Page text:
ps. when you contact Streamline, make sure you tell them that your with Worldpay currently and you're looking for a faster payout so they'll give you the same competitive deal (depending on what goods/services your selling and the associated risk).
I've been planning a company for about 6 months now, but I'm still looking at its feasability. It's going to be a startup company, so I'm guessing that I'm going to have to look pretty organised if I want Natwest to accept my application. I'm pretty sure I know what a merchant account is; Like another bank account, but for payments to go through whilst being cleared... So you don't actually have access to the funds until it's been cleared into the companies normal bank account.
But some merchant accounts also hold back a security 'reserve', eg. 10% of the transaction, and only pay this after, say, 6 months.
So when deciding which one to go for, you'd need to look at your profit margin, and whether you could afford to hold out, as well as of course the transaction fees (anywhere between 2.5% - 15%).
If you sell goods or do a lot of advertising, your cashflow will get really screwed if you go for an account which only pays out after 4-6 weeks.
Thats why I said the natwest was a good deal, there's no reserve/no deposit and the money is in your current bank a/c within 3-4 days. It of course depends on their risk assessment of you as to what deal they'll actually offer you, but the above is what i got.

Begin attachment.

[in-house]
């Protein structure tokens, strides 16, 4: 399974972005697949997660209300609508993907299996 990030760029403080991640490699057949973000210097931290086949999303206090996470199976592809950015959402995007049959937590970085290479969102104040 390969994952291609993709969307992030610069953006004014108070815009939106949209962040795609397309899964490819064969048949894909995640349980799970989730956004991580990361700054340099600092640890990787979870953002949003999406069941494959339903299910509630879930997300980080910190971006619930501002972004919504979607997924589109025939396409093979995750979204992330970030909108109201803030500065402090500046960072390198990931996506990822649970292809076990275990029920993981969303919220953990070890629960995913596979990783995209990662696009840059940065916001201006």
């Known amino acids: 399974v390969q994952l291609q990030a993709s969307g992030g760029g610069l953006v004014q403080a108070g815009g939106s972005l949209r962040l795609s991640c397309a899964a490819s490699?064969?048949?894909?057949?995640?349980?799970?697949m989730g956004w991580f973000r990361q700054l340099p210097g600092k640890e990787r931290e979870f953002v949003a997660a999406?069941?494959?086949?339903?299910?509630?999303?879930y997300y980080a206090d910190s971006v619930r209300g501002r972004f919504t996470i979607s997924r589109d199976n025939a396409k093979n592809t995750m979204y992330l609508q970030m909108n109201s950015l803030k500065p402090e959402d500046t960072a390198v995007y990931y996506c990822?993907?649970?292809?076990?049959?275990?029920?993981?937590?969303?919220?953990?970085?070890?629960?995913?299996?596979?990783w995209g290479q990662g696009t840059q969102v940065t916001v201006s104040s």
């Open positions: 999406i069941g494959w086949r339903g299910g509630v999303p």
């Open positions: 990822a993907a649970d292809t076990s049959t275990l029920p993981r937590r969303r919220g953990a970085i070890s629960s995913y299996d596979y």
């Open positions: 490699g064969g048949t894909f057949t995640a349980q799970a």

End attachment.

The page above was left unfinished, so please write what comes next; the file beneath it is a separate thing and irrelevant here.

"high risk" is a combination of the age and track record of your business, and the risk associated with the goods/services you sell.
The former takes into account your business credit history, strength of your accounts, as well as the personal financial status/history of you (the owner).
Regardless of business strength, items such as gambling, adult materials, tobacco, pharmaceuticals on the internet are seen as high-risk as well as value items which are easily re-sellable by thieves who use stolen cards (eg. electronic goods such as mobile phones, cameras, etc).
If you are stock-based, they will look at whether you hold and own the stock before you sell it.
If you are service-based, they will look at the time-frame in which the service is to be delivered. For example, if you sell 12-month subscriptions, thats higher risk that if you deliver a same-day service and the contract finishes right away.
I wouldn't consider 2CO a merchant account, but rather a 3rd party processor, like Paypal. I personally prefer something that is onsite (with an SSL cert of course) rather than leaving the site (as you do with 2CO) You might want to have both, since 2CO is just a one time $49 fee, with no recurring payments, so in case you have customer that prefer 2CO they will have that option. I recommend having Paypal as on alternate, as some people will only shop somewhere if it accepts Paypal.